Catholic media is a big tent, and one of those tents I am prone to poke my nose into is a web version of the Catholic magazine First Things. There I find collections of articles on faith and culture I wish I was smart enough to write. 

A recent thought-provoking article on this website went deep into the abortion industrial complex as it related to the head of the National Institute of Health. His name is Francis Collins, and under his tenure, the NIH has set spending records in the realm of human fetal research. The article wonders how this man, who personally and publicly identifies as a devout evangelical Christian, navigates his moral compass while championing research that could only exist from the substantial volume of “specimens” made available to it via the abortion industry.

The article is also worth noting because it is written by an educator working within the University of California education system; not a likely location to find someone so comfortable and resolute with Catholic teaching on the issue of life. Now I know what a botanist feels when he finds a species of orchid once believed extinct, flourishing in the Great Amazon Basin.

The article is not for the faint of heart. The kind of research being paid for by your tax dollars and mine is something Mary Wollstonecraft Shelley could not have thought of in her most fevered dream, and she had pretty febrile fantasies.

The NIH, under the guidance of this devout evangelical man, authorized funding of a University of Pittsburgh study on human skin. Sounds benign enough, until I learned the study required the grafting of the scalps of aborted fetuses to the bodies of rats and mice. There was a link to a deeper dive of the University of Pittsburgh study. I took a breath, sprung from the online article’s platform, and dove into the original source material. Now I know what it feels like to jump into a swimming pool and realize in mid-air that the water is too shallow.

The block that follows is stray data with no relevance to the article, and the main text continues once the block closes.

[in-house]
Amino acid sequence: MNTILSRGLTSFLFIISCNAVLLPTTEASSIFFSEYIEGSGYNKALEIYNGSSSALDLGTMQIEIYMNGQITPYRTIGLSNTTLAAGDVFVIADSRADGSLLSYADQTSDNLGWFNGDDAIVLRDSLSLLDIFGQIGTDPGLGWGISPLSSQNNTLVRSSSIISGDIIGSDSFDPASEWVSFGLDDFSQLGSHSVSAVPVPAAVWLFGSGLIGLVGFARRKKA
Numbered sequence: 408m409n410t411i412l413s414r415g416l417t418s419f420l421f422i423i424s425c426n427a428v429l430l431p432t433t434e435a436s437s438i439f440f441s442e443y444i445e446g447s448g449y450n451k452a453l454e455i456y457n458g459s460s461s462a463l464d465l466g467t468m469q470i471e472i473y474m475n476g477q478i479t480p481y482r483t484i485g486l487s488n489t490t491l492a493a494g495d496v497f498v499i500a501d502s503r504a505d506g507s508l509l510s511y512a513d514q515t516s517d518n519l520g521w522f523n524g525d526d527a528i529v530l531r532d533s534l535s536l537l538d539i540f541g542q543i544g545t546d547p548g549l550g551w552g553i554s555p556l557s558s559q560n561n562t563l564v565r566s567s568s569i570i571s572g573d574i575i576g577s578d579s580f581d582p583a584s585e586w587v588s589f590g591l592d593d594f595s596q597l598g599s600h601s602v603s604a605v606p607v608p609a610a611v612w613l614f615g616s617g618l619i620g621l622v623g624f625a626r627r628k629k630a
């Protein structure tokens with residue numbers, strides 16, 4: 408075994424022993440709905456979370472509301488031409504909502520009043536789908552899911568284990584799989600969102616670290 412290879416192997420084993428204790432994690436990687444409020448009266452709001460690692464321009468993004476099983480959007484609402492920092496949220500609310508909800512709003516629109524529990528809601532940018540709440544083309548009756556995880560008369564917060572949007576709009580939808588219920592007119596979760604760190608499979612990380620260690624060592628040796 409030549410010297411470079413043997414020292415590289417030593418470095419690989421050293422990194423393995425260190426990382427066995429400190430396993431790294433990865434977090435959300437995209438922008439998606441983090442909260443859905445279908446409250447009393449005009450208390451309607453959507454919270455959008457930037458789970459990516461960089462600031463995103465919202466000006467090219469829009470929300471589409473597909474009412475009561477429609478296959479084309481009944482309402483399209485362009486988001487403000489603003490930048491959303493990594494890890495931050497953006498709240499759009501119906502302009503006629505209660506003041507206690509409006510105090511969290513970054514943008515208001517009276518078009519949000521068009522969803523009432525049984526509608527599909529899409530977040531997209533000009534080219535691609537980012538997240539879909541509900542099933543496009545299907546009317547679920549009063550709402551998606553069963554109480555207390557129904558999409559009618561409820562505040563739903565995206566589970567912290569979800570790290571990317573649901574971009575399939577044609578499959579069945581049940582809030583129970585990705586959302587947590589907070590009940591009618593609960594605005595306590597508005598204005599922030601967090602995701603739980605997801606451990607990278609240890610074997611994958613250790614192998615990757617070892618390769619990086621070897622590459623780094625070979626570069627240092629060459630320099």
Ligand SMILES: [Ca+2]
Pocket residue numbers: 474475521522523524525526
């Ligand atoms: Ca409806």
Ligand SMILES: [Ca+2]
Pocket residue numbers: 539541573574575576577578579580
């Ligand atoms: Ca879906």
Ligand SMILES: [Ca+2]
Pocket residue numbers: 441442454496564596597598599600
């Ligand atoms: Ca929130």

I learned the monstrous human scalps on rodents experimentation was only a miniscule part of a $3 million federal funding project to make the University of Pittsburgh a “tissue hub.” The university desires to become an integral distribution center for material and research — all anchored around “harvested” (their word) human fetal tissue ranging from six to 42 weeks. For the record, the average gestation for a human baby is 40 weeks, so what exactly that extra two weeks means is something I don’t want to contemplate.

Their source material drips with chilling turns of phrase like, “All fetal tissue is collected through a collaborative process including Family Planning, Obstetrics and Pathology.” The girth of the industrialization of the abortion industry is embodied when the University of Pittsburgh researchers enthusiastically look toward a bright future. “The numbers of consents and collections has been steadily increasing … and we are in an excellent position to expand our services to include the needs of the GUDMAP Atlas project.” 

The Thomas Starzl Biomedical Science Tower at the University of Pittsburgh. (Wikimedia Commons)

Other than sounding like the third act reveal in a B movie about a heartless dystopian society, I have no idea what the GUDMAP Atlas project is — I only know I don’t want to be around when it happens.

Other than possessing higher functioning scientific brains, the head of the NIH and all those men and women at the University of Pittsburgh research lab probably live very regular lives. They are neighbors, co-religionists, and pillars of their various communities. I would wager they attend their fair share of parent/teacher conferences, coach T-ball, and would identify as average Joes and Janes.

Sin is a tricky business. It does not always appear as a figure clad in black from head to toe with a voice like a disembodied James Earl Jones. It can creep up on us like so much moral crabgrass.

Think of a day in the life of these scientists. Like a lot of us, it may start with a cup of coffee and some small talk with co-workers about the game the night before or something they saw on social media. After a quick call home to see if the kids got off to school all right, then it’s time for work. 

These average Joes and Janes then don lab coats and go about their daily routine, which includes the vivisection of intentionally killed human beings that have been rendered biomedical assets.

The abortion industrial complex cannot exist without average Joes and Janes serving it. For such a leviathan to continue to grow and prosper, all that is required is for a lot of other average Joes and Janes to do nothing.